On Our Minds: Musings about Collaboration, A Case Study of Science in Action

In my outside-of work life, I am the mother of a child with a rare disease. I recently volunteered to chair the Board of Directors of the international patient group. My involvement with leading this group as it approaches a clinical trial has taught me a considerable amount about research-in-action and the importance of collaborative partnerships – two themes of high relevance to our Center.

The disease is an ultra-rare, catastrophic genetic condition called Fibrodysplasia Ossificans Progressiva (FOP). FOP causes bone to grow in skeletal muscles, creating a second skeleton that freezes joints and prevents movement. There are fewer than 900 known cases of FOP in the world.

Marilyn at a recent IFOPA meeting.
The patient group is the International FOP Association or IFOPA, founded in 1988. Medical research in FOP has increased dramatically since the patients organized, and what is understood about the condition has progressed greatly. The most important discovery so far happened in 2006 when researchers at the University of Pennsylvania identified the FOP gene. Since the gene discovery, attention from researchers and, recently, from pharmaceutical companies, has grown exponentially, and along with it, our need to navigate across stakeholder groups.

To collaborate is to work jointly on an activity to produce something or work towards a shared goal. The collaboration of patients, researchers, and pharmaceutical companies fits that definition, but it is not exactly a group project where everyone has the same goal. These stakeholders have different perspectives, and although they are all working on a treatment for FOP, their goals and motivations differ:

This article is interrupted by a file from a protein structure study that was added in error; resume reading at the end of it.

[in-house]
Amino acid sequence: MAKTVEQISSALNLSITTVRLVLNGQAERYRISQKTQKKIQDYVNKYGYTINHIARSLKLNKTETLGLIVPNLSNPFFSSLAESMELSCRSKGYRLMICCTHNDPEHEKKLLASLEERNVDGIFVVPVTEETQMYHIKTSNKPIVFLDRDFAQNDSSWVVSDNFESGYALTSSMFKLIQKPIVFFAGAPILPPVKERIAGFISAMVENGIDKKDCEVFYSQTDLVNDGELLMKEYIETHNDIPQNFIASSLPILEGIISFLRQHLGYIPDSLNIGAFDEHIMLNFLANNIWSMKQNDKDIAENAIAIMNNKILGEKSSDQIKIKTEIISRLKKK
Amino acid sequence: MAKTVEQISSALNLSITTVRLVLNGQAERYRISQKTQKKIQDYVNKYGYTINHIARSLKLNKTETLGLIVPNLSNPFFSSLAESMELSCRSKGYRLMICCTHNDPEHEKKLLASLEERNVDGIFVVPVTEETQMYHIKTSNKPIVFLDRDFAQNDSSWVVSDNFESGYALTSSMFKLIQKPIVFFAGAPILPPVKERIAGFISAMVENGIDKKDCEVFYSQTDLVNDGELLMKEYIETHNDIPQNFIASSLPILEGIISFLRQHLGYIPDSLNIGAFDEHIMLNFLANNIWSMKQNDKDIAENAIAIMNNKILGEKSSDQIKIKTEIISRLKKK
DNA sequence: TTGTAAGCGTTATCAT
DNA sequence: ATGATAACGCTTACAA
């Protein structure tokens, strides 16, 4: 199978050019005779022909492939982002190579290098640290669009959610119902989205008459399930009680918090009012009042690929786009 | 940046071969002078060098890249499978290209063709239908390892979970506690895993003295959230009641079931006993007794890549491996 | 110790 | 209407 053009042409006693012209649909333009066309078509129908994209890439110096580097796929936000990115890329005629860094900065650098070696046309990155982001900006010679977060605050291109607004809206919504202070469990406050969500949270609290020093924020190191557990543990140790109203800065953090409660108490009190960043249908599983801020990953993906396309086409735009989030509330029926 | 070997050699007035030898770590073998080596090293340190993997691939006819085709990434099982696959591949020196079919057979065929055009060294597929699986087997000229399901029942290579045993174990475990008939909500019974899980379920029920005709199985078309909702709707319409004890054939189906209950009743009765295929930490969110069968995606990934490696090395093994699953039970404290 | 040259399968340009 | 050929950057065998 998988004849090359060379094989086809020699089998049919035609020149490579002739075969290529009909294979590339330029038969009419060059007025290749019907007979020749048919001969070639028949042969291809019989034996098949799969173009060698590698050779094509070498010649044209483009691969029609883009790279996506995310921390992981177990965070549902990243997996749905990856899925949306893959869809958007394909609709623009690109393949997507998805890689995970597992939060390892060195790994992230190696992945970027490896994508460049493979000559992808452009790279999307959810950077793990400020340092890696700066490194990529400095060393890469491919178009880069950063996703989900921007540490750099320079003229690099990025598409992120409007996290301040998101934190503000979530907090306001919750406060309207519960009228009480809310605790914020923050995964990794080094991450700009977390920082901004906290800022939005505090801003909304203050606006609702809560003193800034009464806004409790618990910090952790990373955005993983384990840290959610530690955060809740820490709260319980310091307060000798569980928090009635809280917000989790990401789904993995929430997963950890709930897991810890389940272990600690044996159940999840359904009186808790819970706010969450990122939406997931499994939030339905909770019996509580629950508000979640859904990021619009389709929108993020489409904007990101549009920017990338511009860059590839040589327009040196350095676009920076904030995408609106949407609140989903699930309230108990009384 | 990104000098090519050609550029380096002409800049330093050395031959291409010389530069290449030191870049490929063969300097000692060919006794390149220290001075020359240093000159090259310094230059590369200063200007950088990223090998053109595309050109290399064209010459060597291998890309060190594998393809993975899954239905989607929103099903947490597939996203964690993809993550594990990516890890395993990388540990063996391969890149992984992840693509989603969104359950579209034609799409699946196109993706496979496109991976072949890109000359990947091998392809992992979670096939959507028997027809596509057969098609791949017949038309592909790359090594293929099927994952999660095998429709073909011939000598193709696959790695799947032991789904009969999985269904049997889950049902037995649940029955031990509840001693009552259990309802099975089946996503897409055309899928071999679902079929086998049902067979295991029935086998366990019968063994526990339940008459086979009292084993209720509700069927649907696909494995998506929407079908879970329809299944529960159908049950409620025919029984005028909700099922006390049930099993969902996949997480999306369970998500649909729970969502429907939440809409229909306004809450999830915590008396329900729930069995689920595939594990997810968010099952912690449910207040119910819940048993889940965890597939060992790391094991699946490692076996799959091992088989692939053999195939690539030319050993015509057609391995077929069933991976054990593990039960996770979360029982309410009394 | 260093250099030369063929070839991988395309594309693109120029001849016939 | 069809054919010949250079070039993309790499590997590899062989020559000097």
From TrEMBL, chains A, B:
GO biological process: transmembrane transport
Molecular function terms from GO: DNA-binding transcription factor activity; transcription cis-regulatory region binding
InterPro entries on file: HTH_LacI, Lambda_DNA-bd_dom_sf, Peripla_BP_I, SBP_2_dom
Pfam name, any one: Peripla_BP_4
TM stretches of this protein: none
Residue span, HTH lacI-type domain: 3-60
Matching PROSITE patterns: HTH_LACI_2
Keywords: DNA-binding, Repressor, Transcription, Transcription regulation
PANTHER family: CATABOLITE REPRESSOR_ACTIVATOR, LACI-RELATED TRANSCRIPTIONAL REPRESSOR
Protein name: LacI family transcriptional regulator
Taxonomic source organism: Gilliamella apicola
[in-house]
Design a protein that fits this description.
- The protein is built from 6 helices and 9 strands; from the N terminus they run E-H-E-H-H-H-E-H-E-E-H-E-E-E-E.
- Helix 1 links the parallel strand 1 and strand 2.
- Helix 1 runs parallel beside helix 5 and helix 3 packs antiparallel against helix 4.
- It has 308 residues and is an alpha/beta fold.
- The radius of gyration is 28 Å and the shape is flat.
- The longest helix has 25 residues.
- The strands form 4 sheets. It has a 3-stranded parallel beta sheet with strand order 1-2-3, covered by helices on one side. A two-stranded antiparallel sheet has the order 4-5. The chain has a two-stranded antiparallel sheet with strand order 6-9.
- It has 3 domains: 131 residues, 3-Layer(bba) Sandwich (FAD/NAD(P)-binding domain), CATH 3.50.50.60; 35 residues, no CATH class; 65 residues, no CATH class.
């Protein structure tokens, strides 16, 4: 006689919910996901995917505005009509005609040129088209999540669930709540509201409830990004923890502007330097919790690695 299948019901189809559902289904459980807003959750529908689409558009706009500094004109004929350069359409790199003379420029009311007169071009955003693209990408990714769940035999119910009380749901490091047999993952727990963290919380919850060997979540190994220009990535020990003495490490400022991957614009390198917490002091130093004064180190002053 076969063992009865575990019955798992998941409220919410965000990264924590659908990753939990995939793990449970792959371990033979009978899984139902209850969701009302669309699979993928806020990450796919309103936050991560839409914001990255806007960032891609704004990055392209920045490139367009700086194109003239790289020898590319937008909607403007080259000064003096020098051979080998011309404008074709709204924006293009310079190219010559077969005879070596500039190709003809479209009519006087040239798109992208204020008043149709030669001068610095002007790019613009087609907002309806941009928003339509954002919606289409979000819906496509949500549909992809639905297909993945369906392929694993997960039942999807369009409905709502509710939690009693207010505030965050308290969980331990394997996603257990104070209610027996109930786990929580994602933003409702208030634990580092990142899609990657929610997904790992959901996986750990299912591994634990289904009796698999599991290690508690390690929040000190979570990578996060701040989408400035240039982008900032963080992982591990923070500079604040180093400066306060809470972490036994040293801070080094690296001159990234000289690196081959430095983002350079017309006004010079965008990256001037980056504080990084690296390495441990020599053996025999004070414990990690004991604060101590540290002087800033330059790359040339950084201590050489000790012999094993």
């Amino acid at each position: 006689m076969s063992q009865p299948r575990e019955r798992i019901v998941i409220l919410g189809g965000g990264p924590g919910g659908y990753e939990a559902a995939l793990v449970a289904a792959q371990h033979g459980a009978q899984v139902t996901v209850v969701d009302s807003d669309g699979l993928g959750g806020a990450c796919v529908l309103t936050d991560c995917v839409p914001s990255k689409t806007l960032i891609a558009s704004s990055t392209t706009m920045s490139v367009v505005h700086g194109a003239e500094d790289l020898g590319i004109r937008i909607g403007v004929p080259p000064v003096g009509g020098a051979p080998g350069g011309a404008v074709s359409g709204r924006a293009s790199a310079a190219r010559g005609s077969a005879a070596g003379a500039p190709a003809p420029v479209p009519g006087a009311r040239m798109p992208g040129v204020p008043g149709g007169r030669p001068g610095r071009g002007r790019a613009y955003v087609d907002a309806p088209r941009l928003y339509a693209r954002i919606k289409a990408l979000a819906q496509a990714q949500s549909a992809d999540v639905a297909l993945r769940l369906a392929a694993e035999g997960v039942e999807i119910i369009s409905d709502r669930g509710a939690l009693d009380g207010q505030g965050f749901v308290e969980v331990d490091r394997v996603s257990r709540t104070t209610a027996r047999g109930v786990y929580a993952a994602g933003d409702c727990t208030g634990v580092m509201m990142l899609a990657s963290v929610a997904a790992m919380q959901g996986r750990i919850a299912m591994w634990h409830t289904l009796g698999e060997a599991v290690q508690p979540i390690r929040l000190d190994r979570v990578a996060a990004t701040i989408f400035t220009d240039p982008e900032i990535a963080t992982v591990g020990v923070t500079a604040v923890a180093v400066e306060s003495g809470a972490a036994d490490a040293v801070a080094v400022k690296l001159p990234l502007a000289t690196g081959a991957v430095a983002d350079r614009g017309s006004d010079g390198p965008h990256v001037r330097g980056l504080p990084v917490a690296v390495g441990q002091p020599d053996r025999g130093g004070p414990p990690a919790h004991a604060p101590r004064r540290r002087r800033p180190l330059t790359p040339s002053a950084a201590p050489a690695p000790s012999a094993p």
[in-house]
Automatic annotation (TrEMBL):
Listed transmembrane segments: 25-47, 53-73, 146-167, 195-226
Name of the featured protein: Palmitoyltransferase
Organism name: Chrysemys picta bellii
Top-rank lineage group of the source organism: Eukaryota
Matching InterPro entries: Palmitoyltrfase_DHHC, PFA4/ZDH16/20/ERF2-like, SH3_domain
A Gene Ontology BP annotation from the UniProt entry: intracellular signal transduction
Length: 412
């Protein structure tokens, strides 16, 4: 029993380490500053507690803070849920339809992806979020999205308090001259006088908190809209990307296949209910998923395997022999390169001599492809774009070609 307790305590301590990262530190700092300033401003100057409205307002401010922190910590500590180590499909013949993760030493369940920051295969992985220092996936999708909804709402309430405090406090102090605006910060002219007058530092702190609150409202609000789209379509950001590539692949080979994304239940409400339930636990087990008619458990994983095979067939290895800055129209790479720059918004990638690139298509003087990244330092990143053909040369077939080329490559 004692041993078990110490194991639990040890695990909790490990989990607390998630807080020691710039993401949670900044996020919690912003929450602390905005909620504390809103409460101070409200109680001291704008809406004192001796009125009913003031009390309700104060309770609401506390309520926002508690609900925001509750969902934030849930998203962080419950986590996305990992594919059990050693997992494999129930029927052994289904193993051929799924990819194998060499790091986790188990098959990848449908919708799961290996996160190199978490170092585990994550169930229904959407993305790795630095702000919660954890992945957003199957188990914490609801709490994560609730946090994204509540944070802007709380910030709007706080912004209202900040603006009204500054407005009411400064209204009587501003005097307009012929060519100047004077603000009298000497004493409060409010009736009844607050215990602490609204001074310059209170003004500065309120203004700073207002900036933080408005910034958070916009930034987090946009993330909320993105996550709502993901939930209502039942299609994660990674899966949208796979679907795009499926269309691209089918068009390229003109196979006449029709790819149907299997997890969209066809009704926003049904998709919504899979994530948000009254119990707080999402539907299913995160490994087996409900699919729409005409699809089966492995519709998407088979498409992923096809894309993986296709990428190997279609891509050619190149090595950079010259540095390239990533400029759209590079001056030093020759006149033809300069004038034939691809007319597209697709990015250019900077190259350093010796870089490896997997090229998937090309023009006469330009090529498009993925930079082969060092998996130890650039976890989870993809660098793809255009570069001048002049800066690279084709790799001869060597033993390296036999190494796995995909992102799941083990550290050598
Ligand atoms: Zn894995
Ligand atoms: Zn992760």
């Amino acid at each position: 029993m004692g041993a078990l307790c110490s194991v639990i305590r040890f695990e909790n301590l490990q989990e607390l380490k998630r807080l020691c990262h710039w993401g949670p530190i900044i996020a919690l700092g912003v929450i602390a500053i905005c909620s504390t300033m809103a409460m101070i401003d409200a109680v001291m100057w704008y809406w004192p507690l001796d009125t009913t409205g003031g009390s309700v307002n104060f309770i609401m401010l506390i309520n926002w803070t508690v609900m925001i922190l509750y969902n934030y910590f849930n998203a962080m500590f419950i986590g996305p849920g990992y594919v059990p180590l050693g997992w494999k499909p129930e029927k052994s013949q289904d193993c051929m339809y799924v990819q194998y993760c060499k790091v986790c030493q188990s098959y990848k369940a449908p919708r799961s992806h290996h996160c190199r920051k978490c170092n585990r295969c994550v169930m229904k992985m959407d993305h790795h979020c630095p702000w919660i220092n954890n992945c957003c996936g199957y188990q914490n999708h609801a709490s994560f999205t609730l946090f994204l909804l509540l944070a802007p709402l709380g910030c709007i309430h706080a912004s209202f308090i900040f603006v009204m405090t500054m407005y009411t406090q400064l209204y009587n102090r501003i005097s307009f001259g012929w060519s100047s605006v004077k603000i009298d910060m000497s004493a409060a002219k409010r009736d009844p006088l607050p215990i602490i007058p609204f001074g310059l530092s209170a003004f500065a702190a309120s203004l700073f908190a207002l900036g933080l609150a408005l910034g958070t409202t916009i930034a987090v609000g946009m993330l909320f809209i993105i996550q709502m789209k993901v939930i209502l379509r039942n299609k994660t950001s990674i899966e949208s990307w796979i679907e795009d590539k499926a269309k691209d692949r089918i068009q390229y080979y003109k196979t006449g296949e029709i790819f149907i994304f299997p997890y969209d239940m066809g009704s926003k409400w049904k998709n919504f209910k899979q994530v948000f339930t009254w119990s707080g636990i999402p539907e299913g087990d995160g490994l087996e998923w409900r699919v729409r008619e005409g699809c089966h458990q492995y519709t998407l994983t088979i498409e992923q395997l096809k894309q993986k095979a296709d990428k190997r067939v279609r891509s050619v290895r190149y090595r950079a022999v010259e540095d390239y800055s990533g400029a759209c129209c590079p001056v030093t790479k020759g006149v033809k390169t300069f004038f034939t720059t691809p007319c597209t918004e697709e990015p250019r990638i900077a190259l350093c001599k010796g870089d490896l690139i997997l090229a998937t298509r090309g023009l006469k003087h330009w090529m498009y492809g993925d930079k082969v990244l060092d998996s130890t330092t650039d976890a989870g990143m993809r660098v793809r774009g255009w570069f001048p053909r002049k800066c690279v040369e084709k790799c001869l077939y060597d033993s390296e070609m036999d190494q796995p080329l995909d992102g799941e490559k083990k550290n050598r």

• FOP patients want a treatment for their disease, and something to allow rehabilitation from damage already done. Patients are in a race against time because FOP is progressive. 
  • The patient group, the IFOPA, wants to encourage drug development by contributing natural history data to document the natural course of FOP, collecting patient data, and encouraging its members to participate in clinical trials. Data collected in one international registry and owned by the IFOPA would let the patient group control the data and share it with research and pharmaceutical stakeholders. 
  • Researchers want their work to lead to discovery: A gene, a disease mechanism, a drug candidate. Researchers need publications and grants. Since they compete with other researchers, they also want to protect their data, which can be an unfortunate barrier to collaboration. 
  • Pharmaceutical companies want a product. They want successful clinical trials, regulator approval, and a useful drug. In rare disease research, pharmaceuticals want a wider audience to buy the drug, to meet their ultimate goal of making a profit. The pharmaceutical companies working on FOP hope their drugs will also help non-genetic conditions of bone growth that comes up after hip and knee replacements, spinal cord injuries, stroke, atherosclerosis, closed head injuries, and heart valve replacement surgeries. 

Despite their different perspectives, we stakeholders need each other. Only through collaboration will we be able to reach the goal of finding a treatment for FOP.


  1. Great article! The IFOPA is in uncharted territory, but together we will find a cure.

  2. Absolutely collaboration is the key! Thanks for sharing from both personal and professional side.

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